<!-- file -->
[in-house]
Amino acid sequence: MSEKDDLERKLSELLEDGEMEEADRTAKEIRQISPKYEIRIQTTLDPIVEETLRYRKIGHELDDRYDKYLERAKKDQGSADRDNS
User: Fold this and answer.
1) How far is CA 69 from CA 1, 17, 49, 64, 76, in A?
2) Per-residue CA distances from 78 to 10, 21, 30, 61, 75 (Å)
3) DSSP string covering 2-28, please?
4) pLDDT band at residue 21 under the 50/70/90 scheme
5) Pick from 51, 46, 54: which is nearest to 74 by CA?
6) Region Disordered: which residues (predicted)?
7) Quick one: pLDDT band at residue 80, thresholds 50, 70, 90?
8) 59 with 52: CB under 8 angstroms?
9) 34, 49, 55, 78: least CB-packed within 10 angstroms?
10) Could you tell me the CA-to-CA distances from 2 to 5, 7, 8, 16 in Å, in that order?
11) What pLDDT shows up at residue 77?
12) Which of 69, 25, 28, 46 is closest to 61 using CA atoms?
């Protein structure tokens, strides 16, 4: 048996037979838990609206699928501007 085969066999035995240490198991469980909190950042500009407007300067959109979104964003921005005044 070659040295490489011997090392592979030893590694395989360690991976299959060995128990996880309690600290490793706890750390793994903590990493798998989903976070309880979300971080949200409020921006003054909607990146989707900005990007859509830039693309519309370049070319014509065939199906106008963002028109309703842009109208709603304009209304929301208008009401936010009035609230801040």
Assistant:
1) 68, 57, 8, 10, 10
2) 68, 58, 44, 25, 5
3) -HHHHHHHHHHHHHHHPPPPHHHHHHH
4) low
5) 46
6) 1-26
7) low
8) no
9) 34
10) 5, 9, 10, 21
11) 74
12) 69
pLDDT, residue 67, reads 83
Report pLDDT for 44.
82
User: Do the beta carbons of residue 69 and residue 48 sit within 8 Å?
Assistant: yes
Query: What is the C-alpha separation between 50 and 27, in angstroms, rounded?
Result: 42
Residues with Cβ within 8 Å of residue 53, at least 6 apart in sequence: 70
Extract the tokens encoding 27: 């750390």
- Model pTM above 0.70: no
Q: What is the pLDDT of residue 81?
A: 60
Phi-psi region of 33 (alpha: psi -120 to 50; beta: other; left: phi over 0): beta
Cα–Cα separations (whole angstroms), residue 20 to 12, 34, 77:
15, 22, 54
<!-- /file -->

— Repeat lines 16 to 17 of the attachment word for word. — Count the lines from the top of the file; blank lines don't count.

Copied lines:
């Protein structure tokens, strides 16, 4: 048996037979838990609206699928501007 085969066999035995240490198991469980909190950042500009407007300067959109979104964003921005005044 070659040295490489011997090392592979030893590694395989360690991976299959060995128990996880309690600290490793706890750390793994903590990493798998989903976070309880979300971080949200409020921006003054909607990146989707900005990007859509830039693309519309370049070319014509065939199906106008963002028109309703842009109208709603304009209304929301208008009401936010009035609230801040």
Assistant: